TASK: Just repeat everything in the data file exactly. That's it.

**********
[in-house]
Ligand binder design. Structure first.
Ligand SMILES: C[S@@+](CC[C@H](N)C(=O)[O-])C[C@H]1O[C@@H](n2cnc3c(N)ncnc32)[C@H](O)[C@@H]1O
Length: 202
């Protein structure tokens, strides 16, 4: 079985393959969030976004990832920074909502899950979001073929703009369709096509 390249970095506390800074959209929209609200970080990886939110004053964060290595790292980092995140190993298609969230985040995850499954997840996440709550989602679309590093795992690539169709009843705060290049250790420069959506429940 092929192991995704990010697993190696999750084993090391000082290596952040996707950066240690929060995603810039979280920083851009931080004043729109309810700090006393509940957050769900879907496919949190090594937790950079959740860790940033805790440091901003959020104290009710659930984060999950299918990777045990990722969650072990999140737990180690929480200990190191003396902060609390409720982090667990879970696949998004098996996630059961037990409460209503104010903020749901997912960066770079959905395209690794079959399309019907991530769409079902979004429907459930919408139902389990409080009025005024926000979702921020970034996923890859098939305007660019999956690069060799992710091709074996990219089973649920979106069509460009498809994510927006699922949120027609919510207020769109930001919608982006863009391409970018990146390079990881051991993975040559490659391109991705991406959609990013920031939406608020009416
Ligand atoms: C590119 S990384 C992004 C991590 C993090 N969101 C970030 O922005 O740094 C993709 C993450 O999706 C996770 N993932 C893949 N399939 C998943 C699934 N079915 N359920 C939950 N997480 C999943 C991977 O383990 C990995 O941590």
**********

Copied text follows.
[in-house]
Ligand binder design. Structure first.
Ligand SMILES: C[S@@+](CC[C@H](N)C(=O)[O-])C[C@H]1O[C@@H](n2cnc3c(N)ncnc32)[C@H](O)[C@@H]1O
Length: 202
């Protein structure tokens, strides 16, 4: 079985393959969030976004990832920074909502899950979001073929703009369709096509 390249970095506390800074959209929209609200970080990886939110004053964060290595790292980092995140190993298609969230985040995850499954997840996440709550989602679309590093795992690539169709009843705060290049250790420069959506429940 092929192991995704990010697993190696999750084993090391000082290596952040996707950066240690929060995603810039979280920083851009931080004043729109309810700090006393509940957050769900879907496919949190090594937790950079959740860790940033805790440091901003959020104290009710659930984060999950299918990777045990990722969650072990999140737990180690929480200990190191003396902060609390409720982090667990879970696949998004098996996630059961037990409460209503104010903020749901997912960066770079959905395209690794079959399309019907991530769409079902979004429907459930919408139902389990409080009025005024926000979702921020970034996923890859098939305007660019999956690069060799992710091709074996990219089973649920979106069509460009498809994510927006699922949120027609919510207020769109930001919608982006863009391409970018990146390079990881051991993975040559490659391109991705991406959609990013920031939406608020009416
Ligand atoms: C590119 S990384 C992004 C991590 C993090 N969101 C970030 O922005 O740094 C993709 C993450 O999706 C996770 N993932 C893949 N399939 C998943 C699934 N079915 N359920 C939950 N997480 C999943 C991977 O383990 C990995 O941590």